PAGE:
Are travel cards with high annual fees worth the money?

When the pandemic hit, expensive credit cards tailored to frequent travelers had to pivot quickly to non-travel perks or risk losing customers who were paying hundreds of dollars in annual fees to earn benefits and rewards geared toward going places.

JPMorgan Chase, Capital One and other premium credit card issuers loaded up on partnerships with companies focused on life indoors. “When the pandemic first hit, it felt like every travel card was piling into everyday benefits — groceries and also things like streaming services, food delivery,” said Ted Rossman, a senior industry analyst for 

Now, with travel and entertainment booming, high-fee cards, including Chase’s Sapphire Reserve ($550 annual fee), Capital One’s Venture X ($395 annually) and American Express’ Platinum card ($695 a year) have returned to offering their most lucrative rewards to those who don’t stay home. 

It’s hard to know how much of the $164 billion credit card industry belongs to premium travel cards. Issuers don’t break out their data. But overall, “we’re seeing pretty sharp increases in both spending on the cards in the travel sector, as well as redemptions for travel,” said John Owens, the general manager of Elan Credit Card, a division of U.S. Bancorp that runs credit card programs for 1,300 community banks and credit unions. 

For certain frequent travelers, high-fee cards can easily pay for themselves and be worth much more than their triple-digit fees over the course of a year. The challenge for the uninitiated is to get beyond the glossy marketing, the perk sprawl and the sheer allure of spending, to weigh the benefits against the costs.  

“Reward centers in the brain that are sensitive to pleasure are specifically activated by the possibility of purchasing something with a credit card,” said Drazen Prelec, an economics professor at the Massachusetts Institute of Technology’s Sloan School of Management. “If you use the card for happy experiences, that card acquires some of the associations with the purchases you’ve made. … That gives it kind of a psychological glow.”

That glow is one reason travel cards, with their promise of easy luxury, exotic locales and rich incentives, can feel a lot more enticing than getting cash back on a trip to a big box store with a no-fee card. 

The most visible and common incentives are rewards points, which are ladled on by the thousands and can be worth hundreds of dollars. American Express, for instance, is offering a signing bonus of 100,000 points for the Platinum card. The Sapphire Reserve card comes with 50,000 points. The Venture X comes with 75,000 reward miles. Certain airlines have

Rewards points are “what I like to call a buffer currency,” Prelec said. “It doesn’t feel like you’re spending money.”

Even if it did, it could be hard to determine how much. 

Points have traditionally been valued at a penny apiece, but now their worth can depend on a host of factors, and because plans have become so complicated, using points to pay for airline tickets and hotel rooms, for instance, can be like chasing moving targets. 

Credit card companies prefer to keep cardholders in their ecosystems, and typically reserve the maximum rewards points, as well as the highest possible “exchange rate,” for travelers who book through their proprietary portals. Take Venture X’s 75,000-point signing bonus, for instance, is worth $750 when used toward flights, hotels and other services booked through Capital One’s travel portal. If the cardholder wants to trade the points for a statement credit or check and spend the reward outside the portal, they’re worth $375.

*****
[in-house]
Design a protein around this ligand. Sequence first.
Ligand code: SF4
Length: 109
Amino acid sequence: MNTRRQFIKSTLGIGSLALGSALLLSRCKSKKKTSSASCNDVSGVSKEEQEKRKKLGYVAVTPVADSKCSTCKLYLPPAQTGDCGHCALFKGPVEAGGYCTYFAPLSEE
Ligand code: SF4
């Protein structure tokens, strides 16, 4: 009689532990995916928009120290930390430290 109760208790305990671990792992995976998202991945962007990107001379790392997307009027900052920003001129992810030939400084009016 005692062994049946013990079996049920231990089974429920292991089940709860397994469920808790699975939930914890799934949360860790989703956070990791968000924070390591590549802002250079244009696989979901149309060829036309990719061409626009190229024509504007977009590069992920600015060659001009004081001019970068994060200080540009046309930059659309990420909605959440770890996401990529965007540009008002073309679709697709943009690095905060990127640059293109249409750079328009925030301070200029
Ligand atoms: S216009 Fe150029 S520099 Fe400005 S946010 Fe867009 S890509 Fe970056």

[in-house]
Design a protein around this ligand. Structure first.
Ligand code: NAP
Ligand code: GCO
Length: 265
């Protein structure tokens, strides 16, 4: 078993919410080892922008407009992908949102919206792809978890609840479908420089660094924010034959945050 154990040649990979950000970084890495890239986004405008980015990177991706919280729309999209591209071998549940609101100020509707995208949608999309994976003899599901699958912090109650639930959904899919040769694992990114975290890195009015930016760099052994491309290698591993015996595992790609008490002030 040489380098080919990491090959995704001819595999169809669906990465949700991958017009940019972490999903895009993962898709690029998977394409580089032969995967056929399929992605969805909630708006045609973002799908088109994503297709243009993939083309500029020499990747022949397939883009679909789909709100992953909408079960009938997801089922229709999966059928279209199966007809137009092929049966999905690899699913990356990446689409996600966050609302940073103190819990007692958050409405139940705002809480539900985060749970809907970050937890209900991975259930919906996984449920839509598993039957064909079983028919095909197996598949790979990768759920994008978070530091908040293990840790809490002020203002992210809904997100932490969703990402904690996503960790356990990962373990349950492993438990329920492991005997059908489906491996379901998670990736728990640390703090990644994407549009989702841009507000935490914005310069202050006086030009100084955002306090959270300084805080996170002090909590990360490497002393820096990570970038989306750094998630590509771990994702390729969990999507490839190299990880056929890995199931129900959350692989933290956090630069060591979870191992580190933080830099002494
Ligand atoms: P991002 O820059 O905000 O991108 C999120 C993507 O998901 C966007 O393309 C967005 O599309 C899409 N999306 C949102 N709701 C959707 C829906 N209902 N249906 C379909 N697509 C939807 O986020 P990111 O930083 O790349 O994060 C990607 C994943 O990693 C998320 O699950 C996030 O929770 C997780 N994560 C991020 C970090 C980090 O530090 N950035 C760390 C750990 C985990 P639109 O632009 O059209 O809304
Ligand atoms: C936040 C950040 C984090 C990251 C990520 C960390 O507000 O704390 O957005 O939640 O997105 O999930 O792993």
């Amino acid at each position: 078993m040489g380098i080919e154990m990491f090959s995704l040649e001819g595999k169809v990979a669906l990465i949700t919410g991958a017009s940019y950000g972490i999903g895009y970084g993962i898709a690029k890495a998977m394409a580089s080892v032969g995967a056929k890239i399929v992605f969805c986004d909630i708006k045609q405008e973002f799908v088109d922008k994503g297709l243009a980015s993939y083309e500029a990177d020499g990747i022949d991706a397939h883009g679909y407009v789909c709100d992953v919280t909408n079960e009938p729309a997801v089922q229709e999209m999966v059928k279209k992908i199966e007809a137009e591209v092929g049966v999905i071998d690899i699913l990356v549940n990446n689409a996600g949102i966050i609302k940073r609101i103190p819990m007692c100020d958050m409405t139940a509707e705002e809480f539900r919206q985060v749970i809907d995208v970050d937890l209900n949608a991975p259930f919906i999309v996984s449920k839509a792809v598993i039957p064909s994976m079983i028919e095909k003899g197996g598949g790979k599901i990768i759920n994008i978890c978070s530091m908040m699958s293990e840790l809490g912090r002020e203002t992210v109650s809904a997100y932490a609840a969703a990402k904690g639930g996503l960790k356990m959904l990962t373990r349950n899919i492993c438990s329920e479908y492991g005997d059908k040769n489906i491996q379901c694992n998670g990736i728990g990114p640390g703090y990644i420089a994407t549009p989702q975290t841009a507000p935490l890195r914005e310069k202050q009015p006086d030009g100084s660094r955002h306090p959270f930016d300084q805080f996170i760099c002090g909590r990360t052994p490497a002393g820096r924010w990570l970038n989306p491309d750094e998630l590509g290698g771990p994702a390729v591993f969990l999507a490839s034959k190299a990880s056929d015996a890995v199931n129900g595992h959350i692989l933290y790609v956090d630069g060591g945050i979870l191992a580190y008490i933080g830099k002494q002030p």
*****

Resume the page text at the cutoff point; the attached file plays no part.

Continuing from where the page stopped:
Another powerful selling point for travel cards is an annual credit for travel purchases. The Sapphire card credits users a total of $300 at the end of the year for anything that qualifies as a travel expense. Venture X also offers a $300 annual travel credit, but the travel has to be booked through Capital One’s portal, “which is a little bit of a stumbling block for some people,” said Rossman of 

This is why partnerships can sometimes be as important as points, when it comes to calculating the value of a card. Some travel cards partner only with certain hotel chains or airlines, which can affect the value of the cards themselves, as well as the cardholders’ ability to take advantage of other perks connected to particular airlines, like free baggage fees, upgrades and access to airport lounges. 

Travelers who prefer to book directly with hotels or airlines or prefer to use third-party channels like Travelocity also might not derive as much benefit from the cards as people willing to use the issuers’ travel portals, where similar discounts may not be available. 

To attract younger users, and retain existing ones, card companies have also added restaurant programs, with benefits including first dibs on reservations at certain trendy restaurants in big cities or pop-up events featuring famous chefs. “I think these cards are catering to a more affluent young professional type, the kind of people who tend to eat out a lot,” Rossman said. 

But dining perks are mainly a way to score bonus points, or to use them, and they may not directly defray the cost of the card. Also, they’re frequently available in some form with cards that have lower annual fees, or none at all. 

And for premium travel cards, the fees aren’t the only higher costs. According to, the current annual percentage rate for a rewards credit card is 16.17 percent, compared to 13.28 percent, on average, for low-interest cards.  

“If people pay more for something, they are more likely to use it,” said Ali Besharat, an associate professor of marketing and co-director of the Consumer Insights and Business Innovation Center at the University of Denver. They see it as a “justified expense,” he said.